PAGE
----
Our main focus areas are - reducing food waste, increasing recycling rates and embarking on sustainable food options. The F&B team oversees the recycling program, which encompasses, but is not limited to: Paper, plastic, metal, aluminum cans; cooking oil; glass bottles; and food waste. One of our programs, the “Clean Plate Challenge” drives the food waste minimization across our team member dining operations.  Since 2014, this event has generated more than 300,000 clean plate actions, which has resulted in an average reduction of 30 percent food waste.  As part of our long term strategy towards sustainable food, the F&B team has implemented initiatives such as: sustainable food menus in banquet and event operations; and Shark’s fin removed from our menus effective from May 2017.
What are some of the greatest challenges you face?
Reducing food waste and increasing the recycling rate is a common challenge across Asia and we are not different from that perspective.  Addressing this requires lot of awareness and education at the grass roots level.
Could you comment on the importance of technology vs staff training in relation to achieving sustainability in F&B? 
Both technology and staff training are equally important to achieve our goals in sustainable F&B operations. Technology can help to address the waste generated like diverting food waste from landfill, while training will increase awareness and reduce waste. Apart from that, staff training helps to reduce cross contamination and increase upstream sorting to improve overall recycling rates. We are highly focused on our team members and some of the training programs incorporated into our operations are: General Sustainability training during staff orientation; Recycling training; Food Digester Training; and Food Waste Minimization training organized by DSPA.  We continue to embrace the latest technologies available on the market, one of which is a food waste digester that converts food waste into bio water. We have installed six machines of combined operating capacity of seven tons per day.  These machines have diverted over 1,300 tons of food waste since 2014. 
Studio Green
In 2016, Studio City was one of only seven hotels in Macau to win a Gold Award at the Macau Green Hotel Awards, organized by the Environmental Protection Bureau (DSPA).  Mr. Patrick Schaub, Vice President of Operations, Studio City spoke to CLOSER about the property’s strategy for reducing food waste.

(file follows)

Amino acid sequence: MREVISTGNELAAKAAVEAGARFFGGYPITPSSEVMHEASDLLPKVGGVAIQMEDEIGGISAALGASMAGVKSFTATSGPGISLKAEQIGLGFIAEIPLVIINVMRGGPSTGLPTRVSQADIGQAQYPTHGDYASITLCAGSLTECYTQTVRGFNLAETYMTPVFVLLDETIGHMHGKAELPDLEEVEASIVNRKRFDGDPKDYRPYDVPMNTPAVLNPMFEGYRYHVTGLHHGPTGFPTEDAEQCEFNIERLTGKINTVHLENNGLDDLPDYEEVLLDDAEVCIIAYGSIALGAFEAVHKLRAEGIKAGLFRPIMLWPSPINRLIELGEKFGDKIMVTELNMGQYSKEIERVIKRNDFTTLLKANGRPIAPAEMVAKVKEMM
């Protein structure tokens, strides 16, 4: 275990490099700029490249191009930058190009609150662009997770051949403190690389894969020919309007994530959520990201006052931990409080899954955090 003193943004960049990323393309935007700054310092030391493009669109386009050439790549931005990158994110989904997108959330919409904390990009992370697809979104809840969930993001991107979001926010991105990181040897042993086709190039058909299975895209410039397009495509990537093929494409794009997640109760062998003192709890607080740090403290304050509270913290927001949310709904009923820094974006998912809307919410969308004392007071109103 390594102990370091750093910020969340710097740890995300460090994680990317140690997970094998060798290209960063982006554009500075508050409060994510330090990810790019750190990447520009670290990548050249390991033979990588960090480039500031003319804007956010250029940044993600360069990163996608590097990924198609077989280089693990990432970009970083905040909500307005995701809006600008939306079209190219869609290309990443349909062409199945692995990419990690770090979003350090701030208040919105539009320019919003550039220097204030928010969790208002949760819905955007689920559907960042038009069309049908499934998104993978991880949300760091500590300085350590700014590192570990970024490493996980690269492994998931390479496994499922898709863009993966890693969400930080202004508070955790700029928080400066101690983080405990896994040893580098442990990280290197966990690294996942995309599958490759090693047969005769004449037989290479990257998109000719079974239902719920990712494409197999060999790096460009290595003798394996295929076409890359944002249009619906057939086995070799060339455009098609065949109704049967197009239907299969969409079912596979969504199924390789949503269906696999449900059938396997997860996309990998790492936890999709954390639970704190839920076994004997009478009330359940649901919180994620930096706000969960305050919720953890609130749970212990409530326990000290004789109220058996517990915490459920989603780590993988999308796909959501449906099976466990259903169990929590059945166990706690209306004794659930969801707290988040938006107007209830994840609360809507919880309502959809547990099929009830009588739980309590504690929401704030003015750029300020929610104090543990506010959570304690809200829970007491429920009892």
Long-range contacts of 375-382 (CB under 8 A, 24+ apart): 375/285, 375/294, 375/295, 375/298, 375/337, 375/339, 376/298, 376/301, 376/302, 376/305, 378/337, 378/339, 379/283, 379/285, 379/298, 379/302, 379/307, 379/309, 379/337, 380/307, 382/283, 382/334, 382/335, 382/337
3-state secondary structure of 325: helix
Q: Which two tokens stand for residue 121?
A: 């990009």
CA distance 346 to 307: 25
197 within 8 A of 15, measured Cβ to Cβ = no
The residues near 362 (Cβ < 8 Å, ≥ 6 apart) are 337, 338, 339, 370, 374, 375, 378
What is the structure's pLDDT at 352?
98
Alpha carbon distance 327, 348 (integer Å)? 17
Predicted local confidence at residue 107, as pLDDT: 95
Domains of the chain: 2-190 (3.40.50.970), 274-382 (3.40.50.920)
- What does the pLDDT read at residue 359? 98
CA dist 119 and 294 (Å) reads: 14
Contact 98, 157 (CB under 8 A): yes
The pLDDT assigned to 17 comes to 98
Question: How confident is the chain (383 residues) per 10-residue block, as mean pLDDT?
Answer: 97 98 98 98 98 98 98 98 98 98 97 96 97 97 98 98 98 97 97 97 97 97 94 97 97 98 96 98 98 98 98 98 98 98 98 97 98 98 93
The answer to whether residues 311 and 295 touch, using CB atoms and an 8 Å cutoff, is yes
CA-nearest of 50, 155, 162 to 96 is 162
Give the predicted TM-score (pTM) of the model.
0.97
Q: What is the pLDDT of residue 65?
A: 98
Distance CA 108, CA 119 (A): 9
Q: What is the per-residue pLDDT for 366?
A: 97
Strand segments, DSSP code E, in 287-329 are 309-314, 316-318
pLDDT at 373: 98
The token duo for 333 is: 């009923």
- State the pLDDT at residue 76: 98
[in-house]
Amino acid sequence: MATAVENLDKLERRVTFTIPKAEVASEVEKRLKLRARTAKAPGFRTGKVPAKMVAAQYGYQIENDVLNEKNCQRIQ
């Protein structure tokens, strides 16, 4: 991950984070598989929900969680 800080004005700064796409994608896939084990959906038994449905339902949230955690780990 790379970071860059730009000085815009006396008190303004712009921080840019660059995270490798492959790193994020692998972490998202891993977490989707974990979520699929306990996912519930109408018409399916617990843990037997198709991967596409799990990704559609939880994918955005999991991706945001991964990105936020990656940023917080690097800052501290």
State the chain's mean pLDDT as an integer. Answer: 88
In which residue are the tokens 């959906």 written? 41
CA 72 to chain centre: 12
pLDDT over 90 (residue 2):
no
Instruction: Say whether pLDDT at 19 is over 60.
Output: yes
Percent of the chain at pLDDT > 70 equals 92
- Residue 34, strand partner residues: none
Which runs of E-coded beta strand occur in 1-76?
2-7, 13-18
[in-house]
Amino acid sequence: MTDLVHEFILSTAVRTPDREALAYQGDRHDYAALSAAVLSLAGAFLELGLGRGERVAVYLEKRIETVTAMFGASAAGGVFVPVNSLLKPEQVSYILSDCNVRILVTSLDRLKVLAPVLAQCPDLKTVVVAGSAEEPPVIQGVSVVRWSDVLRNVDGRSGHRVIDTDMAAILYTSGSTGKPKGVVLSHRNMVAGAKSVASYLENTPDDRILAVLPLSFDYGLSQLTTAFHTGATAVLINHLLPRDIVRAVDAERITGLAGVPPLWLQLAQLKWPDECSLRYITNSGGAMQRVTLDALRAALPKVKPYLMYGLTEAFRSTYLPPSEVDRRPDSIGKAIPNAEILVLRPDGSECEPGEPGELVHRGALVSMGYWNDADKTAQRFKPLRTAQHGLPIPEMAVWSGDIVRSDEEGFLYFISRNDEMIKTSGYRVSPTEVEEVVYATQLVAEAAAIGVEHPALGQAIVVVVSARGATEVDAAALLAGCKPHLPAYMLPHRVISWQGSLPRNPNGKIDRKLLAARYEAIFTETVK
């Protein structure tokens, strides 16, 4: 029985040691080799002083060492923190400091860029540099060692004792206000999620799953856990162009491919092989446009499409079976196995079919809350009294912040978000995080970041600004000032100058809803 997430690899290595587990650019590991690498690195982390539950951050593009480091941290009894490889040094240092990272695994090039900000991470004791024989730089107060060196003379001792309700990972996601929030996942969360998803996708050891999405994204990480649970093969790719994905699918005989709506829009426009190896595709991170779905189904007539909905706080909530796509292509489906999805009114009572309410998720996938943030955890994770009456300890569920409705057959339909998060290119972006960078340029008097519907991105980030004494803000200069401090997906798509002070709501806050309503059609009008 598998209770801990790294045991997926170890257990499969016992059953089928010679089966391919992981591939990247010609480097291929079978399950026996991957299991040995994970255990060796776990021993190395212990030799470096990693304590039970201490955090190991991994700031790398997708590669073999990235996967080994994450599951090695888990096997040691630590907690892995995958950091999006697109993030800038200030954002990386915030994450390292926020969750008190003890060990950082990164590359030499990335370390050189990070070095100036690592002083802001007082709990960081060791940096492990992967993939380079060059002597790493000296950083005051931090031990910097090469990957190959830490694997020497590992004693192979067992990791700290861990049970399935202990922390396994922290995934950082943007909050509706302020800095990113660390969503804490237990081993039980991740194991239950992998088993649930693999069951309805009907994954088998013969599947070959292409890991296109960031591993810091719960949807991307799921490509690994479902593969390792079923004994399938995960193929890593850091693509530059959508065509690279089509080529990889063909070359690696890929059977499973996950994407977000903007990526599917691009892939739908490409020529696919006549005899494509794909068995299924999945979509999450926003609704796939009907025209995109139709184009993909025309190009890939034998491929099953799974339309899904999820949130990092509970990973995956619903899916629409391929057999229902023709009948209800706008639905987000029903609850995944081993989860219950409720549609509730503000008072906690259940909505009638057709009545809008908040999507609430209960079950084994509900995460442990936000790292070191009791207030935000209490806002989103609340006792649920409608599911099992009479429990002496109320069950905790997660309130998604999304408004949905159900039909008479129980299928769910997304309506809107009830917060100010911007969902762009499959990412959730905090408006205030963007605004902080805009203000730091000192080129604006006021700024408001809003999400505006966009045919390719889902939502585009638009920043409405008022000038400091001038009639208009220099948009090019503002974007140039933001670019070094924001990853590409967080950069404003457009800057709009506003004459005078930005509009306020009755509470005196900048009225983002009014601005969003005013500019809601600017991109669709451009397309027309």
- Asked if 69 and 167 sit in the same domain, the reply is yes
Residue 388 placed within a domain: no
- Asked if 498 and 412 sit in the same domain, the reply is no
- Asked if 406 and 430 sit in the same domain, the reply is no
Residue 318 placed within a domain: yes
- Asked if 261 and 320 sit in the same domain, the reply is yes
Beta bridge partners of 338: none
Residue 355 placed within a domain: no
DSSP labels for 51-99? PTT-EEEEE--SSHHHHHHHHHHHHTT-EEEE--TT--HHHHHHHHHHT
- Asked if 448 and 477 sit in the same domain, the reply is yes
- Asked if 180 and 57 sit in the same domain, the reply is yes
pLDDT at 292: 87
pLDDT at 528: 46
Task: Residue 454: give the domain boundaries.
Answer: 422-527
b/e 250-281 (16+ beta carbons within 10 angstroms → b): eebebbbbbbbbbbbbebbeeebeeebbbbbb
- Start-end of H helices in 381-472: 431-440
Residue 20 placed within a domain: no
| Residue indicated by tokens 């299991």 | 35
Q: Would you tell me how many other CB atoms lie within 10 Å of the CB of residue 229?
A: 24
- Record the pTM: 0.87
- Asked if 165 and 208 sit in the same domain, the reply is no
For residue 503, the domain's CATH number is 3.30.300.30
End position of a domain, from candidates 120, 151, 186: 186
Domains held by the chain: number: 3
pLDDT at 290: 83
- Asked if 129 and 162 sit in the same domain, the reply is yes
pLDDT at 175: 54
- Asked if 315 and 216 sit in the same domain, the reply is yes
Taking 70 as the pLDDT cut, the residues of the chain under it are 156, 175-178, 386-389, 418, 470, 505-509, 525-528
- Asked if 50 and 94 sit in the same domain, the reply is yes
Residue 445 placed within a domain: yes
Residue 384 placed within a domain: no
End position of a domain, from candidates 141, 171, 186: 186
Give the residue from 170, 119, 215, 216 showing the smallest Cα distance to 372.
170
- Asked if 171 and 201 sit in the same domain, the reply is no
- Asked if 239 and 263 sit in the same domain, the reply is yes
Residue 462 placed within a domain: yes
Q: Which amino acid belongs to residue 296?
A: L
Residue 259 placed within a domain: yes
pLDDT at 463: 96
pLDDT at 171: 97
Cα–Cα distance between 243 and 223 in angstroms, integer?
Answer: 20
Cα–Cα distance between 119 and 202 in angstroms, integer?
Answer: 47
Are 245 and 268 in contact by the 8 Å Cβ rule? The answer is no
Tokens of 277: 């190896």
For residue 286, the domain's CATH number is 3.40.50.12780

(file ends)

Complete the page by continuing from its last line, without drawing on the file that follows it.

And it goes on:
“It is important to operate with the environment at heart. At Studio City, we actively promote ‘reduce, reuse and recycle’ in our F&B operations.   
Reduce: We provide continuous training to employees on green operations and sustainability. For example, we ensure that employees are familiar with the portion size served in our restaurants, so that they can provide advice to guests when needed. We also remind employees at the employee dining room to consider the amount of food they need to avoid wastage.  
Reuse: When dealing with excessive produce, we try to reuse rather than disposing it, if it is in compliance with our food hygiene and safety standards. The same principle is adopted with vegetables and meat trimming and off cuts. We constantly repurpose those to make soup base, and they add great flavors! 
Recycle: All our menus and takeout containers are made from recycled materials. As with the rest of the resort, we encourage employees and guests to recycle paper products and plastic bottles. 
One of the challenges is the cost. Melco as a group has invested over MOP$100 million in its green initiatives. It is a long term investment. We are ensuring sustainability for many generations ahead.  
Another challenge is guest expectations. Guests who come to our restaurants are accustomed to lavish offerings such as the welcome drinks, amuse bouche, petit fours and complimentary dessert.  We need to strike a balance between maintaining the dining experience and being green. 
Both technology and staff training are equally important to a sustainable F&B operations. For instance, sensor technology can be used to indicate waste collection volumes in different areas of the resort. This saves a lot of time and manpower to inspect each collection point and make a record manually. 
The right kind of technology lightens employees’ workload, enables them to deliver greater results, and reduces the impact on the environment. But if there isn’t sufficient training provided, the technology itself may become an obstacle to daily operations.” 
Food’s Future 
Hong Kong’s first-ever Food’s Future Summit on dining trends and sustainability in the food industry took place in August, organized by Hong Kong’s celebrated food media platform, Foodie 
文 By Tanja Wessels